One important thing to say about the picture that's on the announcement, Wolf, because you're hearing people say this looks new and all that. The picture that they have, along with the announcement, is an old picture of Bin Laden. We've seen him back even in 2004. So we're not sure. You know, we usually are very careful not to speculate. They might call the tape new, a sixth anniversary tape. But it doesn't mean necessarily that the message we'll be hearing is necessarily a new one.
BLITZER: All right. Stand by for a moment, Octavia. Because if, in fact, we do see a new videotape of Osama Bin Laden, that would be significant. John McLaughlin, our national security adviser, the former deputy director of the CIA is joining us on the phone as well. This will be something that intelligence agencies around the world will be very anxious to scrutinize to see if, in fact, this is a new videotape, old videotape. And they'll be able to tell rather quickly, won't they?
JOHN MCLAUGHLIN, CNN NATIONAL SECURITY ADVISER: It will be apparently very quickly, Wolf, whether this is old or new. I believe what Octavia said is correct. These are not new pictures that we're seeing or new pictures that are on that particular website. As you know, the last time we saw him on video was October 2004 before the election where he tried to portray a statesmanlike image and so forth. It's not too hard to speculate about what he has to say if he has the opportunity to appear again.
BLITZER: And some people say that that videotape that emerged just before the presidential elections back in 2004 dramatically hurt John Kerry the then democratic nominee in his bid to defeat the incumbent George W. Bush.
Abbi Tatton, our internet reporter, is watching this. The web site itself, the site intelligence service site, Abbi, what are you seeing?
ABBI TATTON, CNN INTERNET REPORTER: Wolf, this is a site institute web site, a group that monitors Jihadists forums, looks for information about this kind of thing coming. They've posted the banner which is promising, almost teasing this video appearance from Osama Bin Laden that they found on Jihadists forums. What they're saying at the site institute web site is the video isn't out there yet but on this banner is an image of Bin Laden which they say is reminiscent of his last video appearance in 2004.
One thing that's pointed out at the site institute web site is in this image of Bin Laden his beard is now completely black. Previously it was seen streaked with gray. The site institute monitoring the Jihadists forums where this banner was found promising this video is forthcoming.
BLITZER: All right. Stand by because this is potentially a very significant development. Deb Feyerick is also watching this story for us in New York. What are you picking up?
DEBORAH FEYERICK, CNN CORRESPONDENT: Well Wolf, I spoke to a counterterrorism expert who has been monitoring some of these web sites and he said there is a lot of chatter out now there on these web forums, that there is a perception that this one feels different, that, in fact, he is going to be saying something either on September 11th or the eve of September 11th.
Effectively I asked what the web forums are discussing, what it is they're saying. They're indicating it's not going to be an audio tape. That it is going to be a videotape, that it's for the disbelievers who think that Osama Bin Laden has died, that in fact he's going to make an address, and again warning Americans to pull out of the lands that Bin Laden believes the Americans are occupying. And also it suggests, according to these web forums, that the U.S. to brace itself for a potential attack.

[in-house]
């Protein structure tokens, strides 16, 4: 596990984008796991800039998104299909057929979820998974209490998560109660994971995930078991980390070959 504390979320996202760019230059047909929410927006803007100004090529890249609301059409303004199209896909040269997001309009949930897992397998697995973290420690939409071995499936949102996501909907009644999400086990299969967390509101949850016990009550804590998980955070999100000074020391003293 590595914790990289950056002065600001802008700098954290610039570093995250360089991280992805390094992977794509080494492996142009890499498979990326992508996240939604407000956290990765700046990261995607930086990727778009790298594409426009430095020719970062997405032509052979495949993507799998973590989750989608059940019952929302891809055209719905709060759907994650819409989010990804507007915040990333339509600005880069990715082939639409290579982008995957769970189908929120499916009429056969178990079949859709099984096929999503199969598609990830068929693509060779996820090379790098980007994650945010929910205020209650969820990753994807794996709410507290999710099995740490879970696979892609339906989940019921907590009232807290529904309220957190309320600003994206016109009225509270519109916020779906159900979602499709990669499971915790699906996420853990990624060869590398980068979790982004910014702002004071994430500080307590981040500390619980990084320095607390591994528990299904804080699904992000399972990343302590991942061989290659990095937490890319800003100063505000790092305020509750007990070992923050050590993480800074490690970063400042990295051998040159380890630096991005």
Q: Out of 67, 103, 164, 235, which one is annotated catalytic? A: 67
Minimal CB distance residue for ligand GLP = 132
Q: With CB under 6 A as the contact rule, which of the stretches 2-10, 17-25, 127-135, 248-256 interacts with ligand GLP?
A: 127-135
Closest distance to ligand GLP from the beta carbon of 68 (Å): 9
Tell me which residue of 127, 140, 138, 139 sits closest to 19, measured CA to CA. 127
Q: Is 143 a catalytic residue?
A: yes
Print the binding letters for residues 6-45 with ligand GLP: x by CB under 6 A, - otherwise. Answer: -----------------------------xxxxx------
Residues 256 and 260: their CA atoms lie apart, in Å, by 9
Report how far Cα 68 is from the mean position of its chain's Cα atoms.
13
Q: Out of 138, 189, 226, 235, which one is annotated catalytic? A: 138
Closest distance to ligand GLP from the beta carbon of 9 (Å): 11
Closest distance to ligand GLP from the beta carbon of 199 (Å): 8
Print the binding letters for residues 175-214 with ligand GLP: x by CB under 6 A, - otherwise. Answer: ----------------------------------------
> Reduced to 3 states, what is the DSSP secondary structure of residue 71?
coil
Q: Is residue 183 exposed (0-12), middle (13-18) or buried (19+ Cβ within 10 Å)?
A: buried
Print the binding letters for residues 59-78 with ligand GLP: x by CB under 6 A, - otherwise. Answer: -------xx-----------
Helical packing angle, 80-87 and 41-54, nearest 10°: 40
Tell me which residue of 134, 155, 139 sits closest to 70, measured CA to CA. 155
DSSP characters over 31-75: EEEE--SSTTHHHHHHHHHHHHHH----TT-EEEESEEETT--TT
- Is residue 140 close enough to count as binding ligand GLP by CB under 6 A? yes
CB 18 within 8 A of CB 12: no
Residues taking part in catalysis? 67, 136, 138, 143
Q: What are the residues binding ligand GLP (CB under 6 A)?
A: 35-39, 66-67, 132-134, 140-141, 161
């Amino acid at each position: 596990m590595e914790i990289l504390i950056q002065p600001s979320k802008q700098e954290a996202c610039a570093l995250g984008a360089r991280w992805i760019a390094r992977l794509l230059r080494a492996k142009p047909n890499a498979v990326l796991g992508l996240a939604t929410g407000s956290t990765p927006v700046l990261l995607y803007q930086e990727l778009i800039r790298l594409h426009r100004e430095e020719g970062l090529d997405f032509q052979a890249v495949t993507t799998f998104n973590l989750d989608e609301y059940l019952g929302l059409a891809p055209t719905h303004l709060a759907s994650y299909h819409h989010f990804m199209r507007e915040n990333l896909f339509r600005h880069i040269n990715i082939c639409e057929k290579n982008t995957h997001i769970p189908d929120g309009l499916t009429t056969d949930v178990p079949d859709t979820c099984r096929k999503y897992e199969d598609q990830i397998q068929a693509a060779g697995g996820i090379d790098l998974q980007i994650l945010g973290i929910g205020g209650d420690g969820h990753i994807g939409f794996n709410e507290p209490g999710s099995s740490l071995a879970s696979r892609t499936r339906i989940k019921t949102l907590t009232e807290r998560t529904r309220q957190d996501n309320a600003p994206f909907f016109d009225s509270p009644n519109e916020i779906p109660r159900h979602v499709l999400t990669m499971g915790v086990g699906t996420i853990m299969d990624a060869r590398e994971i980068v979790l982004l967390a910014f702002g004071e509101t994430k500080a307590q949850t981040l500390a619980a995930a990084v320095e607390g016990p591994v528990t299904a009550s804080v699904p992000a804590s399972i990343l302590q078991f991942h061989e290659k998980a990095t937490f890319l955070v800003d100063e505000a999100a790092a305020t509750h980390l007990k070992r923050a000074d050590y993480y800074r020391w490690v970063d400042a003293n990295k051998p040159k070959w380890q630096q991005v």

Again, this is what's being discussed on the web forums. There is no evidence at this point that there is going to be some sort of attack, just that there is going to be some sort of video statement on the sixth anniversary of 9/11.
And again, these web forums that are out there that are being discussed, according to this counterterrorism expert I spoke with, these are the -- the sense among these different web forums is that this, in fact, is going to happen, not an attack but a video statement from Bin Laden
BLITZER: All right. We'll see what happens on that front. Deborah, stand by. I know you're working your sources.
Octavia Nasr, our Arab affairs editor, knows a great deal. We've heard a lot and we've seen a lot from the number 2 al Qaeda leader, Ayman al-Zawahiri, Octavia but it's a big deal if we hear from Osama Bin Laden directly, especially if we see him, a real videotape done in recent days or weeks as opposed to simply hearing some sort of audio tape.
NASR: Indeed, Wolf. And you know, the first thing that we do when we get to messages like these, we analyze them very closely for any indications of when they were taped.
Osama Bin Laden, of course we haven't heard from him in a long time, as you mentioned earlier, but usually when he sends out messages, he's very careful to give clues as to when he's recording those messages. It will be interesting. Lots has happened since the last time we heard from him, as you mentioned, the last presidential elections. And we've heard a lot from Zawahiri since.
It will be interesting to see what he has to say. But, again, these web sites have announced many, many times, they've posted dates and claimed they were new. But as soon as we look at them, we realize maybe the production itself is new but the messages in there are not necessarily new. Some of them are even older than 9/11/2001. So we have to be very careful here.
And again, I'm looking at the banner right now and it says soon, God willing, a video message from the sheikh Osama Bin Laden. And the pictures they're showing is an old picture. So we have no indication yet that this is a new tape, a new message. All we know is that they have produced something which could very well be a new production and we have no indication whether this message will be a new one or old one they're recycling, which they have been doing a lot lately just so they keep him afloat, they keep him in the picture. Osama Bin Laden, here he is, for those who want to hear from him.